Violet stared at him as if he had just started speaking in tongues. “My dear boy,” she said after a long beat of silence. “That isn’t how it works. It isn’t a matter of ‘wanting’, it’s a matter of ‘duty’, and while I know next to nothing about this Mr. Crawley from Manchester, I do know that he is a ‘Crawley’, and therefore, he will do his duty…” she rose to her feet and started to hobble out of the library, muttering along the way, “whether we want him to or not.”
Matthew paused mid move and looked up across the table at the mischievous blue eyes that grinned back at him.
“Are you questioning my strategy?”
His sister rolled her eyes, before folding her arms across her chest and proceeding to wait for him to finish his move.
Matthew looked at her for a long moment, then back at the chess board, before looking back at her. Sybil simply smiled sweetly as she waited patiently.
Matthew looked down at the board once more…and with a resolute sigh, moved his bishop to take out her last remaining rook. He glanced up then, but instead of seeing his sister fuming, she was simply shaking her head, before letting out a long, weary-sounding sigh, and grasping her queen and moving it across the board to take out his own queen and put his king in check.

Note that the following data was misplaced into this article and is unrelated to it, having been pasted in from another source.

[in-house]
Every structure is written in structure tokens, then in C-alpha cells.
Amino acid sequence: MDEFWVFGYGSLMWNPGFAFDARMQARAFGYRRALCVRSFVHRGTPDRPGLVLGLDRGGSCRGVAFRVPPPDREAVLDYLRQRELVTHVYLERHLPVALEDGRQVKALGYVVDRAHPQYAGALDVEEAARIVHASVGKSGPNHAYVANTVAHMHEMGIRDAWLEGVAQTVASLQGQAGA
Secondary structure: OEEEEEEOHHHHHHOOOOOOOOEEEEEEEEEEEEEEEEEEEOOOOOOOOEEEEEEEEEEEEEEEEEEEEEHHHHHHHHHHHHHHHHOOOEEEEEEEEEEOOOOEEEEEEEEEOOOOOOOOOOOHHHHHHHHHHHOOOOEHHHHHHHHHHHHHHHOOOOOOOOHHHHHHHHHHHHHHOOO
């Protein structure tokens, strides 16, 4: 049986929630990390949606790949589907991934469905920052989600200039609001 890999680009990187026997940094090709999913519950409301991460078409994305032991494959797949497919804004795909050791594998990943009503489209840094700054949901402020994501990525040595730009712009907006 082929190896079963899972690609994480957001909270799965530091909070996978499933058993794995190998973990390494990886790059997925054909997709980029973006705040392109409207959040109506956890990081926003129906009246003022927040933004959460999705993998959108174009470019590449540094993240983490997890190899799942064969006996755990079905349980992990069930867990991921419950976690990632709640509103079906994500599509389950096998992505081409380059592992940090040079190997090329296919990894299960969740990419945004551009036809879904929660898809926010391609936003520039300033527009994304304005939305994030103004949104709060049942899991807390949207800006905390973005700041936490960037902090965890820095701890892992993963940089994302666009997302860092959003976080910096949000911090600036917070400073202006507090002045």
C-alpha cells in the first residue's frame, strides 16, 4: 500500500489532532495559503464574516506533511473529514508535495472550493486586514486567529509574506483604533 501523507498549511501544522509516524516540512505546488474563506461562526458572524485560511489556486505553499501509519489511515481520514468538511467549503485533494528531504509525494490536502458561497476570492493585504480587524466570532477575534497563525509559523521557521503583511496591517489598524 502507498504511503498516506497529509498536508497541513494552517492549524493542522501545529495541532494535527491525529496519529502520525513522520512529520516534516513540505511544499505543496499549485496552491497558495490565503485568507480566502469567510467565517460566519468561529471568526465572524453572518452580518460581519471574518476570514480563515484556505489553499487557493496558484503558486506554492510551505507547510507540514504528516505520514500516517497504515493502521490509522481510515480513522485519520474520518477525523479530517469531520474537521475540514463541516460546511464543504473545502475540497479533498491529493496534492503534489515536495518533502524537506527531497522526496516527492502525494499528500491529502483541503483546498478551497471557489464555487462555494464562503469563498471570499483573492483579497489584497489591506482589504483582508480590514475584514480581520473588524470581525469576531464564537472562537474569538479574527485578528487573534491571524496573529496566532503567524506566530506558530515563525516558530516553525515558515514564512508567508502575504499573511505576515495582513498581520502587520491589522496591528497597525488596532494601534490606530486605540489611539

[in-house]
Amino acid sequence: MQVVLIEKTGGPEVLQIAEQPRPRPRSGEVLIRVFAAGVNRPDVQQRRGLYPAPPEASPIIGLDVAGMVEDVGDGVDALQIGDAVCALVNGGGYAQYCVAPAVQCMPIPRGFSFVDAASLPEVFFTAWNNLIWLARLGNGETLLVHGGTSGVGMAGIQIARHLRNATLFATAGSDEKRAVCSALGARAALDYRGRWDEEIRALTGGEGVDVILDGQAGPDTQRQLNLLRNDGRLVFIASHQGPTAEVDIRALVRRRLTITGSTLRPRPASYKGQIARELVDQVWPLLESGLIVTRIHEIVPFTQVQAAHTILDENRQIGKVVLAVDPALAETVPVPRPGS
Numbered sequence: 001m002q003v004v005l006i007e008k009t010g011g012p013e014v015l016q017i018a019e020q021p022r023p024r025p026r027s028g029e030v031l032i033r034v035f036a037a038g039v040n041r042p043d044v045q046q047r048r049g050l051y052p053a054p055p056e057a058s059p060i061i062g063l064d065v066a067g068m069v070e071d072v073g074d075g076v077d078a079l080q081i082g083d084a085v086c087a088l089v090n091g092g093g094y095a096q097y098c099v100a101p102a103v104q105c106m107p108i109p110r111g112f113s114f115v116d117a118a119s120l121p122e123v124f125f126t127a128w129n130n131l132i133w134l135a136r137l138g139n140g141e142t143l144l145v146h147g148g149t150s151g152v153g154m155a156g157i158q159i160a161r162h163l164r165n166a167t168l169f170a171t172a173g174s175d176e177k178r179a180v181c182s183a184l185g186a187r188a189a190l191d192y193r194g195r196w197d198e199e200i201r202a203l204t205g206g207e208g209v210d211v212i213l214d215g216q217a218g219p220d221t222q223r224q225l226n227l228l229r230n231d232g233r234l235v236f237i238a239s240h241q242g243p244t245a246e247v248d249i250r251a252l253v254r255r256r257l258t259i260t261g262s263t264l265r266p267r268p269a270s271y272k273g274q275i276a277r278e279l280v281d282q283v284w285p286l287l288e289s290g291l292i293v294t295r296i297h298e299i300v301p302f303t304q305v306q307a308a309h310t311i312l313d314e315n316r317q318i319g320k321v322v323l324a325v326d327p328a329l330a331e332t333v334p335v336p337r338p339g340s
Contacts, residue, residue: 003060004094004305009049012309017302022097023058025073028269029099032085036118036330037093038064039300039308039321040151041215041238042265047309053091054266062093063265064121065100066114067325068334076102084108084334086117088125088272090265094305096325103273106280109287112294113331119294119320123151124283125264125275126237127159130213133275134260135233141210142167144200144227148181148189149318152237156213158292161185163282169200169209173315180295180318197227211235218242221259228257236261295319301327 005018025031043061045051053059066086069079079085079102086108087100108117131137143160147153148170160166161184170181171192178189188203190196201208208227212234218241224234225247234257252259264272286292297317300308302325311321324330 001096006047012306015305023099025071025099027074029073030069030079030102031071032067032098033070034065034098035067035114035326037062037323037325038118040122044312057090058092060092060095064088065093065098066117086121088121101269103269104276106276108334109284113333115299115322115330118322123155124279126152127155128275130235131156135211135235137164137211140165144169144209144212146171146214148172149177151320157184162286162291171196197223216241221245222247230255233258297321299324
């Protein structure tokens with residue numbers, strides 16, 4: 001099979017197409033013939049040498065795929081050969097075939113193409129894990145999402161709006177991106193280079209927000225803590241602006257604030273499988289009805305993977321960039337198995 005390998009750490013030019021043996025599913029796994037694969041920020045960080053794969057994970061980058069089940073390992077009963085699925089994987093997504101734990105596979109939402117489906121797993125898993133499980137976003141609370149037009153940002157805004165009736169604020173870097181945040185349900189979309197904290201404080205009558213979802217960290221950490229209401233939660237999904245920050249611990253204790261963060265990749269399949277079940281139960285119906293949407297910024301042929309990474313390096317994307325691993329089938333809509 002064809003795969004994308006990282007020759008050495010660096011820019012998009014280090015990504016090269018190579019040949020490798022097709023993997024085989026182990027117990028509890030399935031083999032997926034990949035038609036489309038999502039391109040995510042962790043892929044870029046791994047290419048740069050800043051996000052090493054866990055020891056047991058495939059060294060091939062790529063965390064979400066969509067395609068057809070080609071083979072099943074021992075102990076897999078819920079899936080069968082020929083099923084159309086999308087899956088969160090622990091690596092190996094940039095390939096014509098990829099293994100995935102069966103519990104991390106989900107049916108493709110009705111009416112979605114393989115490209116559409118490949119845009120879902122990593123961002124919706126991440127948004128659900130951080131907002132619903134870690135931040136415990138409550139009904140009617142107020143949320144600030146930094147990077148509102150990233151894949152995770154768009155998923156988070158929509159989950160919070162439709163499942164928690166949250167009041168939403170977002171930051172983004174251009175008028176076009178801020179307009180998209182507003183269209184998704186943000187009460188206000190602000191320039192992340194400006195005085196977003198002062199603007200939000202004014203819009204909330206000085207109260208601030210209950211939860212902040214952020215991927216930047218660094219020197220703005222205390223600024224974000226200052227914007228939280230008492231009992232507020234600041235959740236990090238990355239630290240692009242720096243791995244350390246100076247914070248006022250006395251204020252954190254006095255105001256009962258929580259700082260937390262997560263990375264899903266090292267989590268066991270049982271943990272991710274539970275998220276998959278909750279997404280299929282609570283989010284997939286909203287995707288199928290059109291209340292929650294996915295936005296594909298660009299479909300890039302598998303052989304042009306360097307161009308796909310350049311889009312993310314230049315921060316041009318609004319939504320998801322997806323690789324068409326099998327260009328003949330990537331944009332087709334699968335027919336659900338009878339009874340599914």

Matthew stared in horror at the board and began sputtering, “How…where…?”
“I warned you!” Sybil laughed.
“You cheated,” Matthew accused.
Sybil’s face turned an indignant shade of red. “CHEATED!?”
“Yes, I think you did,” Matthew stated, teasing her now, but always enjoying getting a rise out of her.
Sybil grabbed a cushion from a nearby chair and threatened to throw it as his head, but paused in doing so upon the entrance of their mother, who looked at Sybil with questioning eyebrows. “Have I interrupted something?”
“Only Sybil cheating at chess—”
“I DID NOT CHEAT!” despite their mother being present, Sybil didn’t hesitate to throw the pillow at his head, to which Matthew simply laughed.
“Alright, that’s enough,” Isobel Crawley groaned, though she too was smiling. “A telegram just arrived for you,” she informed Matthew, holding the small envelope out to him.
Matthew’s brow furrowed as he accepted the telegram. Sybil looked upon the small envelope with curious eyes. She then turned to their mother and inquired, “Did the messenger say who it was from?”
Isobel shook her head. “I didn’t recognize the address or the handwriting.”
Matthew opened the telegram. “It’s from…Cousin Robert?”
“Cousin Robert?” Sybil repeated, looking even more perplexed. “We have a cousin named Robert?”
“Robert Crawley,” Matthew explained. “He’s…the Earl of Grantham.”
A gasp escaped Sybil’s lips then. “We have a cousin who’s an earl?”
“Hush, dear,” Isobel murmured, taking her daughter’s hand in her own, before sinking down into a chair next to her son.
Silence filled the room then, and though Sybil was not quite seventeen, she began to squirm like an over-eager five-year-old. She couldn’t remain silent, such was her curiosity, and risking the reprimand she might receive from her mother, asked her brother, “What does Lord Grantham want?”
Matthew finally lifted his eyes and looked at both the faces of his mother and sister, before answering, “To change our lives…”
Filming it was pretty graphic. Hugh was so good at it because we only had one take because they couldn’t reset the tables and stuff and his shirt, and the distance it travelled was slightly further than Elizabeth [McGovern] was expecting… we had to keep going.